SAN FRANCISCO — Rebecca Jamil was sitting in a nondescript hotel ballroom in suburban Virginia when she realized that her dream job — being an immigration judge — was no longer tenable. It was June 11, 2018, and then–attorney general Jeff Sessions, her boss, was speaking to a room packed with immigration judges, running through his list of usual complaints over what was, in his estimation, a broken asylum system.
Toward the end of the speech, Sessions let slip some big news: He had decided whether domestic abuse and gang victims could be granted asylum in the US. Advocates, attorneys, and judges had been waiting months to see what Sessions, who in his role as attorney general had the power to review cases, would do. After all, it would determine the fate of thousands of asylum-seekers, many fleeing dangerous situations in Central America.
Sessions didn’t reveal to the room the details of his ruling but Jamil, based in San Francisco since she was appointed in 2016, learned later that day that the attorney general had decided to dramatically restrict asylum protections for domestic abuse victims.
“I’d seen the faces of these families,” the 43-year-old judge said. “They weren’t abstractions to me.”
Jamil, a mother of two young daughters, had been shaken by the images and sounds that came as a result of the Trump administration’s policy to separate families at the border. As a judge who oversaw primarily cases of women and children fleeing abuse and dangers abroad, this was the last straw.
Soon after, she stepped down from the court.
“I can’t do this anymore,” she told friends. “I felt that I couldn’t be ‘Rebecca Jamil, representative of the attorney general’ while these things were going on.”
In many ways, her resignation underscores the tenuous position of immigration judges, who are overseen by the attorney general and susceptible to the shifting winds of each administration. To avoid potential conflicts, the union that represents the judges has long called for its court to be an independent body, separate from the Department of Justice.
The Trump administration has undertaken a monumental overhaul of the way immigration judges, which total around 400 across the country, work: placing quotas on the number of cases they should complete every year, ending their ability to indefinitely suspend certain cases, restricting when asylum can be granted, and pouring thousands of previously closed cases back into court dockets.
In the meantime, the case backlog has jumped to more than 800,000 under the administration and wait times have continued to skyrocket to hundreds of days.
The quotas in particular have made judges feel as if they were cogs in a deportation machine, as opposed to neutral arbiters given time to thoughtfully analyze the merits of each case.
“The job has become exceedingly more difficult as the court has veered even farther away from being administered as a court rather than a law enforcement bureaucracy,” said Ashley Tabaddor, an immigration judge who heads the National Association of Immigration Judges, a union representing around 350 judges.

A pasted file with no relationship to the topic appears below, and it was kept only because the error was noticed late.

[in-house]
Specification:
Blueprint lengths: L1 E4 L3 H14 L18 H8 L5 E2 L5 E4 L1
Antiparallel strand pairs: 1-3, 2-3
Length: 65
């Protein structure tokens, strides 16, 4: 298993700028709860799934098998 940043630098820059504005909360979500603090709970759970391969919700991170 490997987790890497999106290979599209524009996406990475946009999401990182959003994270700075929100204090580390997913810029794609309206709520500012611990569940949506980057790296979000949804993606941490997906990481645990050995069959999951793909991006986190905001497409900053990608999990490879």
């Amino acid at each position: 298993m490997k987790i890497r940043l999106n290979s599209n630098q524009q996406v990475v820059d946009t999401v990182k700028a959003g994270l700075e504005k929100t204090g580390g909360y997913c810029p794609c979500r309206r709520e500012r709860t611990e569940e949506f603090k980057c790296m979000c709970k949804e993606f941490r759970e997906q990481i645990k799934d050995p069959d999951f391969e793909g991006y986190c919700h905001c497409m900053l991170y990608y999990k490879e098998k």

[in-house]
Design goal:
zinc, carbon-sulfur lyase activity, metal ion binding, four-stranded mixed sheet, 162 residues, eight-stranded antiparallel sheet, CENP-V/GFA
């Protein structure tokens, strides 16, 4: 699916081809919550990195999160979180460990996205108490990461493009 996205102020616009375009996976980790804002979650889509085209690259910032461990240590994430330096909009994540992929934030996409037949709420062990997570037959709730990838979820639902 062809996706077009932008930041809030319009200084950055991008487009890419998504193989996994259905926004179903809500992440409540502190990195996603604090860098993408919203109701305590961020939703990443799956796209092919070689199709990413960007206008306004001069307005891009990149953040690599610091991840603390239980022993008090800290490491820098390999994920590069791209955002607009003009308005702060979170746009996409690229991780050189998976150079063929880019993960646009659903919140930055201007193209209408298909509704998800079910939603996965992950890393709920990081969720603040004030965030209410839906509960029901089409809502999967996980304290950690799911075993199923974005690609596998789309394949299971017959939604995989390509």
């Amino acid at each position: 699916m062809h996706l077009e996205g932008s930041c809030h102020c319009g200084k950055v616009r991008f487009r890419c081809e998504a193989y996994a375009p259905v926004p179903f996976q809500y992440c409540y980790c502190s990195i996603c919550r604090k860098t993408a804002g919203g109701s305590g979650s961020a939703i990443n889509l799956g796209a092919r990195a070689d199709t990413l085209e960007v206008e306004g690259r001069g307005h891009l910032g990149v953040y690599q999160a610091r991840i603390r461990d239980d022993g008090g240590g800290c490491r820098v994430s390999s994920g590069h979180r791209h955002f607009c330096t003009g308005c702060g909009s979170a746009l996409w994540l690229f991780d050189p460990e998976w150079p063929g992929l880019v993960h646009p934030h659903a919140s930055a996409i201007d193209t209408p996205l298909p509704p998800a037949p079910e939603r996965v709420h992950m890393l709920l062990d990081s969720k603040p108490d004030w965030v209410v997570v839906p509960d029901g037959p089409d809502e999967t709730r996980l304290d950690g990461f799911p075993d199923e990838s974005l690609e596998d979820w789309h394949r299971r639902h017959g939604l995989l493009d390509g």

And it’s not just Jamil who has departed because of the massive changes to the court undertaken by the Trump administration, according to observers within the Department of Justice and those on the outside. While some, like Jamil, have resigned, others have retired early in large part because of the policies instituted under Trump, they said.
For those remaining at the immigration court, the mood is bleak.
“It has become so emotionally brutal and exhausting that many people I know are leaving or talking about finding an exit strategy,” said one immigration judge who declined to be named. “Morale has never, ever been lower.”
Another Justice Department official, who was not authorized to speak on the record, told BuzzFeed News, “It is exhausting when you feel undervalued by the people at the top of your organization, especially when they are motivated by partisanship and have not spent their careers doing the job that you do.”
Tabaddor, the head of the union, said that her group has noticed a higher rate of retirements and resignations than in the past because of the way judges have been treated under Trump.
Some have been bold in their timing. John Richardson, a former immigration judge in Phoenix, stepped down on Sep. 30, 2018 — the day before the administration instituted a quota for the number of cases to be completed by judges.
"The timing of my retirement was a direct result of the draconian policies of the Administration, the relegation of [judges] to the status of 'action officers' who deport as many people as possible as soon as possible with only token due process, and blaming [judges] for the immigration crisis caused by decades of neglect and under funding of the Immigration Courts,” he said in a statement to BuzzFeed News.
Another judge who resigned from the bench in September told staff members in a goodbye email, “I know things are getting difficult for you at [the Executive Office for Immigration Review], but I believe all you will ‘ride through the storm’ and ‘come out with a smile.’”
There have long been work challenges for immigration judges, including heavy caseloads and assignments, leading to comparatively high burnout rates. Justice Department officials told BuzzFeed News that concerns over retirements were nothing new.
“In 2015, 2013, and 2011, the National Association of IJs [immigration judges] raised the same concerns. In 2011, the NAIJ said that 'stress on judges has reached unbearable levels ... a large contributing factor to retirement at the earliest possible opportunity,’” said Steven Stafford, a Justice Department spokesperson. “What is actually new is that we are hiring more and more IJs and doing so faster than ever before. Today we have 68.9 percent more IJs than we did in 2010, and that number is only rising.”